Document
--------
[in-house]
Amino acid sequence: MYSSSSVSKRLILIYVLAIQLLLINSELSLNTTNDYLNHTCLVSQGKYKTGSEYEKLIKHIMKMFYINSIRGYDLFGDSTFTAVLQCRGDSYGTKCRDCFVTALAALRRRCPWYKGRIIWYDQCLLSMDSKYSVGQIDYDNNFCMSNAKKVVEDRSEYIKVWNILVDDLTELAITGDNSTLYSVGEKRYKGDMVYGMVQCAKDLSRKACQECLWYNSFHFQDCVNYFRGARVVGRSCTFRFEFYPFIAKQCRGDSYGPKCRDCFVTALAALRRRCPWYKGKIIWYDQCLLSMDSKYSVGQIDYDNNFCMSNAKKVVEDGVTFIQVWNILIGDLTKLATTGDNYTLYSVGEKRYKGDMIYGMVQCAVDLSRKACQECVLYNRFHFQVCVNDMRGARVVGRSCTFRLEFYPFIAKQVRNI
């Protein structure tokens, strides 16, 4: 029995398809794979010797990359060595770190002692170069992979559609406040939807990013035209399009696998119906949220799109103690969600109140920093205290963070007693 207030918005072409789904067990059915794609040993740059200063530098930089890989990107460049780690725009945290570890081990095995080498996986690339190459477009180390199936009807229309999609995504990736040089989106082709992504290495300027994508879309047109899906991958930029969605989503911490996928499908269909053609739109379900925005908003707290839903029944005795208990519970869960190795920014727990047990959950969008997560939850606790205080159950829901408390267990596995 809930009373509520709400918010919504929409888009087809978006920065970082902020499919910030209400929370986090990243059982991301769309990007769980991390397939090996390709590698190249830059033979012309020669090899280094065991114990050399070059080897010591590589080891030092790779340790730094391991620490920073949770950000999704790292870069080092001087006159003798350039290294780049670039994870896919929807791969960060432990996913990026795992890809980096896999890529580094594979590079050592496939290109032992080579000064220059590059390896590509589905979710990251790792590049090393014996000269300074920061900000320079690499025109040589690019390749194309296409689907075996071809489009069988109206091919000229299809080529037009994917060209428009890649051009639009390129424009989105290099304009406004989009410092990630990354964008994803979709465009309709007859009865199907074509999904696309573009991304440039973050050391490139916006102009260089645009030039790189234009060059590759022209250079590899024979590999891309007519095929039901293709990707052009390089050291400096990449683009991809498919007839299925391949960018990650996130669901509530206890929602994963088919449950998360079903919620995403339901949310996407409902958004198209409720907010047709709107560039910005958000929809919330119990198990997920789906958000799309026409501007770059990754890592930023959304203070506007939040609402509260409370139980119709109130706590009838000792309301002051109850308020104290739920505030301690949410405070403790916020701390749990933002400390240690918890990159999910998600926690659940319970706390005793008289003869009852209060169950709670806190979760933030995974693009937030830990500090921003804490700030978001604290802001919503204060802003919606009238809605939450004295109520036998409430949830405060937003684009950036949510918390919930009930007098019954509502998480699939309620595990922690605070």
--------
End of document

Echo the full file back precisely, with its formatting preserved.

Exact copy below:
[in-house]
Amino acid sequence: MYSSSSVSKRLILIYVLAIQLLLINSELSLNTTNDYLNHTCLVSQGKYKTGSEYEKLIKHIMKMFYINSIRGYDLFGDSTFTAVLQCRGDSYGTKCRDCFVTALAALRRRCPWYKGRIIWYDQCLLSMDSKYSVGQIDYDNNFCMSNAKKVVEDRSEYIKVWNILVDDLTELAITGDNSTLYSVGEKRYKGDMVYGMVQCAKDLSRKACQECLWYNSFHFQDCVNYFRGARVVGRSCTFRFEFYPFIAKQCRGDSYGPKCRDCFVTALAALRRRCPWYKGKIIWYDQCLLSMDSKYSVGQIDYDNNFCMSNAKKVVEDGVTFIQVWNILIGDLTKLATTGDNYTLYSVGEKRYKGDMIYGMVQCAVDLSRKACQECVLYNRFHFQVCVNDMRGARVVGRSCTFRLEFYPFIAKQVRNI
């Protein structure tokens, strides 16, 4: 029995398809794979010797990359060595770190002692170069992979559609406040939807990013035209399009696998119906949220799109103690969600109140920093205290963070007693 207030918005072409789904067990059915794609040993740059200063530098930089890989990107460049780690725009945290570890081990095995080498996986690339190459477009180390199936009807229309999609995504990736040089989106082709992504290495300027994508879309047109899906991958930029969605989503911490996928499908269909053609739109379900925005908003707290839903029944005795208990519970869960190795920014727990047990959950969008997560939850606790205080159950829901408390267990596995 809930009373509520709400918010919504929409888009087809978006920065970082902020499919910030209400929370986090990243059982991301769309990007769980991390397939090996390709590698190249830059033979012309020669090899280094065991114990050399070059080897010591590589080891030092790779340790730094391991620490920073949770950000999704790292870069080092001087006159003798350039290294780049670039994870896919929807791969960060432990996913990026795992890809980096896999890529580094594979590079050592496939290109032992080579000064220059590059390896590509589905979710990251790792590049090393014996000269300074920061900000320079690499025109040589690019390749194309296409689907075996071809489009069988109206091919000229299809080529037009994917060209428009890649051009639009390129424009989105290099304009406004989009410092990630990354964008994803979709465009309709007859009865199907074509999904696309573009991304440039973050050391490139916006102009260089645009030039790189234009060059590759022209250079590899024979590999891309007519095929039901293709990707052009390089050291400096990449683009991809498919007839299925391949960018990650996130669901509530206890929602994963088919449950998360079903919620995403339901949310996407409902958004198209409720907010047709709107560039910005958000929809919330119990198990997920789906958000799309026409501007770059990754890592930023959304203070506007939040609402509260409370139980119709109130706590009838000792309301002051109850308020104290739920505030301690949410405070403790916020701390749990933002400390240690918890990159999910998600926690659940319970706390005793008289003869009852209060169950709670806190979760933030995974693009937030830990500090921003804490700030978001604290802001919503204060802003919606009238809605939450004295109520036998409430949830405060937003684009950036949510918390919930009930007098019954509502998480699939309620595990922690605070």